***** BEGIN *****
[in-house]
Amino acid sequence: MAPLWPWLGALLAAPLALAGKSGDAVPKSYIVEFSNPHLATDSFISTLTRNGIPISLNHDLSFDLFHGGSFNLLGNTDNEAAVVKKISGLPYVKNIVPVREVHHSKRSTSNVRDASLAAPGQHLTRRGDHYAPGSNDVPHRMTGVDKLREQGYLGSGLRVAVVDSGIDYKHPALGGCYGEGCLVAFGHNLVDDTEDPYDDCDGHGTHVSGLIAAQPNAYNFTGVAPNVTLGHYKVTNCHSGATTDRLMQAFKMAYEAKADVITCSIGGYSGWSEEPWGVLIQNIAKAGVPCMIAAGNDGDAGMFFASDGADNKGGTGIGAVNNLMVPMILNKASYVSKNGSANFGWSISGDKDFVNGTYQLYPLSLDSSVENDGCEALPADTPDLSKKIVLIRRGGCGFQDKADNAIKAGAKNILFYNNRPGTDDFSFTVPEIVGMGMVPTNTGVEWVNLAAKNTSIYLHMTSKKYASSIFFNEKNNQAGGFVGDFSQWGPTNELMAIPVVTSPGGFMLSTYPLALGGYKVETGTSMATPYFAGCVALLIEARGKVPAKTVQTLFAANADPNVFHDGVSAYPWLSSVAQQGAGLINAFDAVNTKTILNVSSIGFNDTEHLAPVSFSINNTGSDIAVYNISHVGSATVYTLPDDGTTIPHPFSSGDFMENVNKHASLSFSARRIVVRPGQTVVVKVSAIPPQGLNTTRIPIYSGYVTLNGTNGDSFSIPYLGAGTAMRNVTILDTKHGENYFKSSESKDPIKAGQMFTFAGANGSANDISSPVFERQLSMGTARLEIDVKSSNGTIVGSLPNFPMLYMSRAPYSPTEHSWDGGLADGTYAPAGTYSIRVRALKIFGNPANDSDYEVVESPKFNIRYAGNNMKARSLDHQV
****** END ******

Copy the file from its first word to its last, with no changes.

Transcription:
[in-house]
Amino acid sequence: MAPLWPWLGALLAAPLALAGKSGDAVPKSYIVEFSNPHLATDSFISTLTRNGIPISLNHDLSFDLFHGGSFNLLGNTDNEAAVVKKISGLPYVKNIVPVREVHHSKRSTSNVRDASLAAPGQHLTRRGDHYAPGSNDVPHRMTGVDKLREQGYLGSGLRVAVVDSGIDYKHPALGGCYGEGCLVAFGHNLVDDTEDPYDDCDGHGTHVSGLIAAQPNAYNFTGVAPNVTLGHYKVTNCHSGATTDRLMQAFKMAYEAKADVITCSIGGYSGWSEEPWGVLIQNIAKAGVPCMIAAGNDGDAGMFFASDGADNKGGTGIGAVNNLMVPMILNKASYVSKNGSANFGWSISGDKDFVNGTYQLYPLSLDSSVENDGCEALPADTPDLSKKIVLIRRGGCGFQDKADNAIKAGAKNILFYNNRPGTDDFSFTVPEIVGMGMVPTNTGVEWVNLAAKNTSIYLHMTSKKYASSIFFNEKNNQAGGFVGDFSQWGPTNELMAIPVVTSPGGFMLSTYPLALGGYKVETGTSMATPYFAGCVALLIEARGKVPAKTVQTLFAANADPNVFHDGVSAYPWLSSVAQQGAGLINAFDAVNTKTILNVSSIGFNDTEHLAPVSFSINNTGSDIAVYNISHVGSATVYTLPDDGTTIPHPFSSGDFMENVNKHASLSFSARRIVVRPGQTVVVKVSAIPPQGLNTTRIPIYSGYVTLNGTNGDSFSIPYLGAGTAMRNVTILDTKHGENYFKSSESKDPIKAGQMFTFAGANGSANDISSPVFERQLSMGTARLEIDVKSSNGTIVGSLPNFPMLYMSRAPYSPTEHSWDGGLADGTYAPAGTYSIRVRALKIFGNPANDSDYEVVESPKFNIRYAGNNMKARSLDHQV